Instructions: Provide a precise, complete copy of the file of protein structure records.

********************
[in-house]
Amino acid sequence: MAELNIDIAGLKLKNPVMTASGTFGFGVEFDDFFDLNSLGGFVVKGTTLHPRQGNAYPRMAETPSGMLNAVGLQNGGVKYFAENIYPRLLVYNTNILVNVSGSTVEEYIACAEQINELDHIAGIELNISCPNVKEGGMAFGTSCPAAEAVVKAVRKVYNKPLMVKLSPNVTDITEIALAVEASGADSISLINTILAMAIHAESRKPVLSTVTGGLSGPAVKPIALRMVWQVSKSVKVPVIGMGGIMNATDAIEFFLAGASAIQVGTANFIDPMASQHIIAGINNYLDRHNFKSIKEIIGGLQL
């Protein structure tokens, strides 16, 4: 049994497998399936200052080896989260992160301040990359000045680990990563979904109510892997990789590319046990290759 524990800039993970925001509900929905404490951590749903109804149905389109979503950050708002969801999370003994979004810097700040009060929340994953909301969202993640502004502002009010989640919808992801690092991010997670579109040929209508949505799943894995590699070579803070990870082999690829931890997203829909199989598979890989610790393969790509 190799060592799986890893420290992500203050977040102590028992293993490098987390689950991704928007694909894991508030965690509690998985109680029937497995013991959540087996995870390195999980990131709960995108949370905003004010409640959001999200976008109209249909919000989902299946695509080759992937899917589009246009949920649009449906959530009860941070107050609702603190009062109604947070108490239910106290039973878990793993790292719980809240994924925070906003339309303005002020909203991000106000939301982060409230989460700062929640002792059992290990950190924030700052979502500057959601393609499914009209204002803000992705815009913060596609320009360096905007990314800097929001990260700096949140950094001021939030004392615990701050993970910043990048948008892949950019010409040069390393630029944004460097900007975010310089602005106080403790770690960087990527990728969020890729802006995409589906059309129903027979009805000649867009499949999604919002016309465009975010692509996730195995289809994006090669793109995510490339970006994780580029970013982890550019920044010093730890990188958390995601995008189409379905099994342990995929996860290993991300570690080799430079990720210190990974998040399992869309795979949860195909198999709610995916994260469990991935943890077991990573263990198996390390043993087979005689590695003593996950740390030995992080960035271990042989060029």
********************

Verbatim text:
[in-house]
Amino acid sequence: MAELNIDIAGLKLKNPVMTASGTFGFGVEFDDFFDLNSLGGFVVKGTTLHPRQGNAYPRMAETPSGMLNAVGLQNGGVKYFAENIYPRLLVYNTNILVNVSGSTVEEYIACAEQINELDHIAGIELNISCPNVKEGGMAFGTSCPAAEAVVKAVRKVYNKPLMVKLSPNVTDITEIALAVEASGADSISLINTILAMAIHAESRKPVLSTVTGGLSGPAVKPIALRMVWQVSKSVKVPVIGMGGIMNATDAIEFFLAGASAIQVGTANFIDPMASQHIIAGINNYLDRHNFKSIKEIIGGLQL
């Protein structure tokens, strides 16, 4: 049994497998399936200052080896989260992160301040990359000045680990990563979904109510892997990789590319046990290759 524990800039993970925001509900929905404490951590749903109804149905389109979503950050708002969801999370003994979004810097700040009060929340994953909301969202993640502004502002009010989640919808992801690092991010997670579109040929209508949505799943894995590699070579803070990870082999690829931890997203829909199989598979890989610790393969790509 190799060592799986890893420290992500203050977040102590028992293993490098987390689950991704928007694909894991508030965690509690998985109680029937497995013991959540087996995870390195999980990131709960995108949370905003004010409640959001999200976008109209249909919000989902299946695509080759992937899917589009246009949920649009449906959530009860941070107050609702603190009062109604947070108490239910106290039973878990793993790292719980809240994924925070906003339309303005002020909203991000106000939301982060409230989460700062929640002792059992290990950190924030700052979502500057959601393609499914009209204002803000992705815009913060596609320009360096905007990314800097929001990260700096949140950094001021939030004392615990701050993970910043990048948008892949950019010409040069390393630029944004460097900007975010310089602005106080403790770690960087990527990728969020890729802006995409589906059309129903027979009805000649867009499949999604919002016309465009975010692509996730195995289809994006090669793109995510490339970006994780580029970013982890550019920044010093730890990188958390995601995008189409379905099994342990995929996860290993991300570690080799430079990720210190990974998040399992869309795979949860195909198999709610995916994260469990991935943890077991990573263990198996390390043993087979005689590695003593996950740390030995992080960035271990042989060029």